The raw, unprocessed scans are provided as 16-bit TIFF files. The processed images are provided as a large 16-bit TIFF file and as 8-bit low-, medium-, and high-resolution PNG files. The table provided below shows the approximate difference in resolution between the various files, where n is the per-pixel spatial resolution of the image. The example column lists the per-pixel sizes in the center of image AS15-M-0081.
Digital scans of Apollo flight film images (Metric, Panoramic, ALSCC, 70mm Hasselblad, 35mm Nikon and Stellar) in their raw (unprocessed) form are in the public domain and as such are covered by NASA usage policy for still image and computer files (see URL: http://www.nasa.gov/audience/formedia/features/MP_Photo_Guidelines.html). Raw scans should be credited using the line "NASA/JSC/Arizona State University" or "NASA/JSC/ASU".
Arizona State University retains the rights to any derived products (such as post-scanning processed digital images and movies), in part and in whole. ASU hereby grants permission for news media, educators, personal, and scientific users to download and use individual ASU-produced Apollo images and their complete associated captions if applicable for personal, educational, and research uses without express permission. The following credit line is required: "NASA/JSC/Arizona State University." If space constraints do not permit a credit line of this length, then "NASA/JSC/ASU" is acceptable.
The post-scanning processed digital images, and associated derived products, are provided with a non-exclusive, non-transferable license. These images, and associated derived products, may not be used in any commercial or business environment or for any commercial or business purposes for yourself or any third parties. These images, and their associated derived products, may not be copied, reverse engineered, decompiled, disassembled, translated, modified or have derivative works made of the imagery, in whole or in part. You also may not rent, disclose, publish, sell, assign, lease, sub-license, market, or transfer the imagery or any part thereof or use it in any manner not expressly authorized.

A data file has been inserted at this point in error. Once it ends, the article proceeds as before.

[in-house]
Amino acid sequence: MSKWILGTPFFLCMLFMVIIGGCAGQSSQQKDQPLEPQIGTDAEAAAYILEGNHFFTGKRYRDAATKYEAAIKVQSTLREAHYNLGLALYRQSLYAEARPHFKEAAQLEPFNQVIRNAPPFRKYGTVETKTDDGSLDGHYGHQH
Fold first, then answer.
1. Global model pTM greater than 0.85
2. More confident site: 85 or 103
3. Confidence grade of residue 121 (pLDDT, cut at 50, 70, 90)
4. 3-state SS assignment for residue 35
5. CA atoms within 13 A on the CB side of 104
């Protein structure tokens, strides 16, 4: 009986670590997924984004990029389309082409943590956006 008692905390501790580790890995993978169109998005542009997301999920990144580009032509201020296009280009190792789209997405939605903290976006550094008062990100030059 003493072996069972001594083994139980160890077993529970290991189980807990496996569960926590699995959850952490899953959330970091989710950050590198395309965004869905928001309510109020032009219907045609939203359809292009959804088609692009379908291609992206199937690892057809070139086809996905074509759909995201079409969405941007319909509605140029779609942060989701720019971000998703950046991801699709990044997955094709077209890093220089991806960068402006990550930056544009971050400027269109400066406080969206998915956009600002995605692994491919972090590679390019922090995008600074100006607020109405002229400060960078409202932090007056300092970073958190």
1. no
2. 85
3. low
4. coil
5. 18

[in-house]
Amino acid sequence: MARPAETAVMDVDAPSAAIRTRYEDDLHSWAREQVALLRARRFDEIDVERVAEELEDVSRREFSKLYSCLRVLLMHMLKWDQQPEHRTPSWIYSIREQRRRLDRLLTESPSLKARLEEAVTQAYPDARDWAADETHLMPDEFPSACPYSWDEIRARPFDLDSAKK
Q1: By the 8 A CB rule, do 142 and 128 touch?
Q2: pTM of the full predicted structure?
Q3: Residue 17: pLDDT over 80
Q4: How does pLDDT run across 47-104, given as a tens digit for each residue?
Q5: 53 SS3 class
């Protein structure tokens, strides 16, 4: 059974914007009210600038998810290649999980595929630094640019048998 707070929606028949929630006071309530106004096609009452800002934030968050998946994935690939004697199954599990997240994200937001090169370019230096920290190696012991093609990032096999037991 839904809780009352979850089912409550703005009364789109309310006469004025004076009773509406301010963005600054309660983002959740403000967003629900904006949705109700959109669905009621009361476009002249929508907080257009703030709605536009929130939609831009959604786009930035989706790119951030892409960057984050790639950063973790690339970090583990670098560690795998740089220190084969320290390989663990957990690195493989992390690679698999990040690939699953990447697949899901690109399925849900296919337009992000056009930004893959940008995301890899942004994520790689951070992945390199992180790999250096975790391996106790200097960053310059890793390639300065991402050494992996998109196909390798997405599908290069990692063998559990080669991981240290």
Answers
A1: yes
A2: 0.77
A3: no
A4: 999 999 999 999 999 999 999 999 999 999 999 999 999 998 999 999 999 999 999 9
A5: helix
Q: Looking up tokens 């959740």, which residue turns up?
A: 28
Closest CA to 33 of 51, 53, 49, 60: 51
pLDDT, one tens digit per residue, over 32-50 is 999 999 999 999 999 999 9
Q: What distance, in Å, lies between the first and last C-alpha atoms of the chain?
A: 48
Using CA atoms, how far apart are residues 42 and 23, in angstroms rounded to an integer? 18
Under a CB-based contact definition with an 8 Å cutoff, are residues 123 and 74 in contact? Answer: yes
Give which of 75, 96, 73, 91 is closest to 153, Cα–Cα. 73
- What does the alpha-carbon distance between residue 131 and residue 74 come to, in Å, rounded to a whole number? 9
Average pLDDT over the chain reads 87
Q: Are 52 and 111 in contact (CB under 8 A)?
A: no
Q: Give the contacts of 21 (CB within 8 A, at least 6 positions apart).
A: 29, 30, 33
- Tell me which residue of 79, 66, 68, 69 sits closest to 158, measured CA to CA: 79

Many people have contributed efforts to make this project possible. First the Johnson Space Center Team do the bulk of the work applying their years of experience and quality control (Will Close, Robert Bode, John Grunsfeld, Rob Ingram, Larry Jefferson, Sheryl Locke, Roger Mitchell, Tom Scarsella, Maura White). LPI has provided much support data and valuable feedback (Mary Ann Hager, Steve Mackwell).The National Air and Space Museum NASA Regional Planetary Image Facilities lent outreach and technical expertise (Tom Watters, Mark Salvatore). ASU students and staff have developed software, provided archiving expertise, and processed scans to final products (Ernest Bowman-Cisneros, Jacob Danton, Sean Merritt, Carmen Salas, Dan Stanzione, Veronica Ann Zabala-Aliberto). Emerson Speyerer (ASU) played a key role in designing and implementing this webpage as well as finding and retrieving Apollo era documents. USGS Branch of Astrogeology provided valuable assistance evaluating test scans and discussing instrument geometry and lunar coordinates (Brent Archinal, Randy Kirk, Mark Rosiek). NASA Ames Research Center provided test scan evaluations and inputs on camera geometry and stereo analysis (Michael Broxton, Laurence Edwards). Leica Geosystems provided excellent support during the proposal stage and has worked hard to maximize the capabilities of the scanner (Alex Dam, Andy Calarco). Jim Garvin (GSFC) and John Grunsfeld (JSC) played key roles during the proposal stage of the project. And NASA's Exploration Systems Mission Directorate (ESMD) has generously provided the funding to make this project possible.